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Hill v. Wilkins

United States District Court, M.D. Tennessee, Nashville Division

September 24, 2019

ASTFN HILL, Plaintiff,
v.
DOCTOR F/N/U WILKINS, et al, Defendants.

          MEMORANDUM OPINION

          ELI RICHARDSON UNITED STATES DISTRICT JUDGE

         Astin Hill, a pre-trial detainee in the custody of the Davidson County Sheriffs Office in Nashville, Tennessee, filed this pro se, in forma pauperis action under 42 U.S.C. § 1983 against Doctor f/n/u Wilkins and the Davidson County Sheriffs Office. (Doc. No. 1).

         The complaint is before the Court for an initial review pursuant to the Prison Litigation Reform Act ("PLRA"), 28 U.S.C. §§ 1915(e)(2) and 1915A.

         I. PLRA Screening Standard

         Under 28 U.S.C. § 1915(e)(2)(B), the court must dismiss any portion of a civil complaint filed in forma pauperis that fails to state a claim upon which relief can be granted, is frivolous, or seeks monetary relief from a defendant who is immune from such relief. Section 1915 A similarly requires initial review of any "complaint in a civil action in which a prisoner seeks redress from a governmental entity or officer or employee of a governmental entity, " id. § 1915A(a), and summary dismissal of the complaint on the same grounds as those articulated in § 1915(e)(2)(B). Id. § 1915A(b).

         The court must construe a pro se complaint liberally, United States v. Smotherman, 838 F.3d 736, 739 (6th Cir. 2016) (citing Erickson v. Pardus, 551 U.S. 89, 94 (2007)), and accept the plaintiffs factual allegations as true unless they are entirely without credibility. See Thomas v. Eby, 481 F.3d 434, 437 (6th Cir. 2007) (citing Denton v. Hernandez, 504 U.S. 25, 33 (1992)). Although pro se pleadings are to be held to a less stringent standard than formal pleadings drafted by lawyers, Haines v. Kerner, 404 U.S. 519, 520-21 (1972); Jourdan v. Jabe, 951 F.2d 108, 110 (6th Cir. 1991), the courts' "duty to be 'less stringent' with pro se complaints does not require us to conjure up [unpleaded] allegations." McDonald v. Hall, 610 F.2d 16, 19 (1st Cir. 1979) (citation omitted).

         III. Section 1983 Standard

         Title 42 U.S.C. § 1983 creates a cause of action against any person who, acting under color of state law, abridges "rights, privileges, or immunities secured by the Constitution and laws . . . ." To state a claim under Section 1983, a plaintiff must allege and show two elements: (1) that he was deprived of a right secured by the Constitution or laws of the United States; and (2) that the deprivation was caused by a person acting under color of state law. Dominguez v. Corr. Med. Servs., 555 F.3d 543, 549 (6th Cir. 2009) (quoting Sigley v. City of Panama Heights, 437 F.3d 527, 533 (6th Cir. 2006)); 42 U.S.C. § 1983.

         IV. Alleged Facts

         The complaint alleges that Dr. f/n/u Wilkins examined Plaintiff two times in August of 2019 concerning a possible eye infection and foot fungus. According to the complaint, Dr. Wilkins said that Plaintiffs eye "looked fine" and he refused to give Plaintiff any medication for his eye problem. (Doc. No. 1 at 5). The complaint further alleges that Dr. Wilkins gave Plaintiff the wrong medication for his foot fungus. Plaintiffs eye continues to bother him, and his foot fungus has not gone away. (Doc. No. 1 at 8). As relief, Plaintiff seeks an unspecified amount of compensation for his eye and foot conditions and wants to be treated at "a real hospital and not this jail." (Id. at 9).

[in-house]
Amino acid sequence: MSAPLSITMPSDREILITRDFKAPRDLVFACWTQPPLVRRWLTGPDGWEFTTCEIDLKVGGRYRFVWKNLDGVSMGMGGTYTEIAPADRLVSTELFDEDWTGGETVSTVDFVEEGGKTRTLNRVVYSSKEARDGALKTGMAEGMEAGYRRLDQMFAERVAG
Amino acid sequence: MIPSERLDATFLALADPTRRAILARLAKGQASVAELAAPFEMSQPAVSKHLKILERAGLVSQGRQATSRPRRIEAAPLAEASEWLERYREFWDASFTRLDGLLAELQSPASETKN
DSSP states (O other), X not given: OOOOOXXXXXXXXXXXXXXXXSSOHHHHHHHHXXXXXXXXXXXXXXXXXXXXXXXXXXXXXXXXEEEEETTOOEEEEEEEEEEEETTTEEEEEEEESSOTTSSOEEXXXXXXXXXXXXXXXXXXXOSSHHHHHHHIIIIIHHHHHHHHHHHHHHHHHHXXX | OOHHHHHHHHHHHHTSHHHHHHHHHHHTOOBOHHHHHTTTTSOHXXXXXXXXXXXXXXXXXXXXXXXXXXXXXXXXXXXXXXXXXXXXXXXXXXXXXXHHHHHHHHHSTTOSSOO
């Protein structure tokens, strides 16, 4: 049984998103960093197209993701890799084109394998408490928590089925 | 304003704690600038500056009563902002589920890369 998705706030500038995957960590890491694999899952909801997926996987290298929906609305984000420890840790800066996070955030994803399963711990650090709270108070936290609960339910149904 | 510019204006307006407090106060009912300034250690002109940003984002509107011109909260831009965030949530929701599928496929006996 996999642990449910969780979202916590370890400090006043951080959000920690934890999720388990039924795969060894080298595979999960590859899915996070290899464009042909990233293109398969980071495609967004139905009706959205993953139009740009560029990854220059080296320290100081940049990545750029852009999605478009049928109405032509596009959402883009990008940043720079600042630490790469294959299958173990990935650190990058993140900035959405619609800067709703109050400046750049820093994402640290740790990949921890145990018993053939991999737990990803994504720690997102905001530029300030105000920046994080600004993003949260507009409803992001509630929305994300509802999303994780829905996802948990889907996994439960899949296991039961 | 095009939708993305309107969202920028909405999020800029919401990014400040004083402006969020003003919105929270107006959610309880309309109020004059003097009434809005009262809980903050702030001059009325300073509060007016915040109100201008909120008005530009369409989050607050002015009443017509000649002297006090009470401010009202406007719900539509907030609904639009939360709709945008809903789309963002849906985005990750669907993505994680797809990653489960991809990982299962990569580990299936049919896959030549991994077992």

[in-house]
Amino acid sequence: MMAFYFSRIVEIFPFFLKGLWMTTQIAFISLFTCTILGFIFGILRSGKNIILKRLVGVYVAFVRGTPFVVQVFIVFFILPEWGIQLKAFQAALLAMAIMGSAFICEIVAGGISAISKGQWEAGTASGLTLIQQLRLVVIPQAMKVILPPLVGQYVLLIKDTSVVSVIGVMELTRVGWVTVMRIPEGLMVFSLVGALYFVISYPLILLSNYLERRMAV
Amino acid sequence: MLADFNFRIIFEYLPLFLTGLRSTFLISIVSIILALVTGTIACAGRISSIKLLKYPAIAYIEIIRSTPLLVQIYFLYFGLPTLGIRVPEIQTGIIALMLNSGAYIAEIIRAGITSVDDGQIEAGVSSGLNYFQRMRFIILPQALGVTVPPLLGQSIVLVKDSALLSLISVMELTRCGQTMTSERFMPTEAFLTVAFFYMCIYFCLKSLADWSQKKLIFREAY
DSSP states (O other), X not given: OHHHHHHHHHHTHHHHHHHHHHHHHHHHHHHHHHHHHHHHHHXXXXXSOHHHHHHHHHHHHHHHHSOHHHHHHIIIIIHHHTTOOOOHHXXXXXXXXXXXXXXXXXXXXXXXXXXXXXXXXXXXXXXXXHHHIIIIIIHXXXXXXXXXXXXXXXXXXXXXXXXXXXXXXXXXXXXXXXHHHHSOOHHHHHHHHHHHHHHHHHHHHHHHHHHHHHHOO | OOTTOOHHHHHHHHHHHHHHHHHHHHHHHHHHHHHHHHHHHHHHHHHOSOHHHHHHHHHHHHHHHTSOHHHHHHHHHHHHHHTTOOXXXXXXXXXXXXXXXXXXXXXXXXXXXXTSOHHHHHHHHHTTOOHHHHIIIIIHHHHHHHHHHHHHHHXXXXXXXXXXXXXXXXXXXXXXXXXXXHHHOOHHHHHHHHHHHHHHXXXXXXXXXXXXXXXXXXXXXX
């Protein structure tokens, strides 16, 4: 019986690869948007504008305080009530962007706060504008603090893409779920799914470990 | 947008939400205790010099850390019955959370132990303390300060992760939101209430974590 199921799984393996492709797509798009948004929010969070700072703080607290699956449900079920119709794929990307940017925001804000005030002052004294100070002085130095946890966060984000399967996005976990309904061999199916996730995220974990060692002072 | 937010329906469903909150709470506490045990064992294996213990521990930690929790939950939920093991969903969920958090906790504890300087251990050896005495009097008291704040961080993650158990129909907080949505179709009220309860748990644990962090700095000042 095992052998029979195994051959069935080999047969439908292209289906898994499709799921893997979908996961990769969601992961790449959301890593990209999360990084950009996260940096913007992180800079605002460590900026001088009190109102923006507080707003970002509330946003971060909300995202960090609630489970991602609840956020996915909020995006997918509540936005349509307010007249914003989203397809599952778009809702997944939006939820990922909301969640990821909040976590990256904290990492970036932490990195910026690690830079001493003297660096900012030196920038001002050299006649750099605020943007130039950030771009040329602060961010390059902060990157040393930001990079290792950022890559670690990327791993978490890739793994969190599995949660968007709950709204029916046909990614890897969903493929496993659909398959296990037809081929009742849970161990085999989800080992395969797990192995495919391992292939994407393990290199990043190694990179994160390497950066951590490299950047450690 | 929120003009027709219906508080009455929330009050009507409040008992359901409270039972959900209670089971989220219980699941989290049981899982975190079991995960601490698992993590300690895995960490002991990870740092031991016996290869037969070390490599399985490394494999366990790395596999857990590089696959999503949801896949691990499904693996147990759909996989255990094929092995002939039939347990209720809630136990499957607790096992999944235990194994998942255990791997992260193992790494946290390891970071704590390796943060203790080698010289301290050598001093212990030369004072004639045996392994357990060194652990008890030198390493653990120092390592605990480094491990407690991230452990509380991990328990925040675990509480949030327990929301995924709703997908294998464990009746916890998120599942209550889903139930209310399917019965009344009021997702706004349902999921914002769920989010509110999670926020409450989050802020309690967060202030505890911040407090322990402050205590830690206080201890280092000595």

V. Analysis

         The complaint names two Defendants to this action: the Davidson County Sheriffs Office in its official capacity and Dr. Wilkins in his individual capacity. (Doc. No. 1 at 2).

         First, a police or sheriffs department is not an entity capable of being sued under 42 U.S.C. § 1983. See, e.g., Durham v. Estate of Gus Losleben, No. 16-1042-STA-egb, 2017 WL 1437209, at *2 (W.D. Tenn. Apr. 21, 2017); McKinney v. McNairy Cnty., Tenn., 1:12-CV-01101, 2012 WL 4863052, at *3 (W.D. Tenn. Oct. 11, 2012); New by v. Sharp, 3:11-CV-534, 2012 WL 1230764, at *3 (E.D. Tenn. Apr. 12, 2012); Mathes v. Metro. Gov't of Nashville and Davidson Cnty., No. 3:10-CV-0496, 2010 WL 3341889, at *2 (M.D. Tenn. Aug. 25, 2010). Thus, the complaint fails to state claims upon which relief can be granted under Section 1983 against the Davidson County Sheriff s Office. These claims will be dismissed.

         Next, failure to provide medical care, including care for mental health conditions, may give rise to a violation of a prisoner's rights under the Eighth Amendment. The United States Supreme Court has held that deliberate indifference to serious medical needs of prisoners constitutes the unnecessary and wanton infliction of pain proscribed by the Eighth Amendment. Estelle v. Gamble,429 U.S. 97, 104 (1976); Brooks v. Celeste,39 F.3d 125, 127 (6th Cir. 1994). A claim of deliberate indifference to a prisoner's medical needs under the Eighth Amendment has both an objective and subjective component. Rouster v. Cnty. of Saginaw,749 F.3d 437, 446 (6th Cir. 2014). A plaintiff satisfies the objective component by alleging that the prisoner had a medical need that was "sufficiently serious." Id. (quoting Farmer, 511 U.S. at 834). A plaintiff satisfies the subjective component "by alleging facts which, if true, would show that the official being sued subjectively perceived facts from ...


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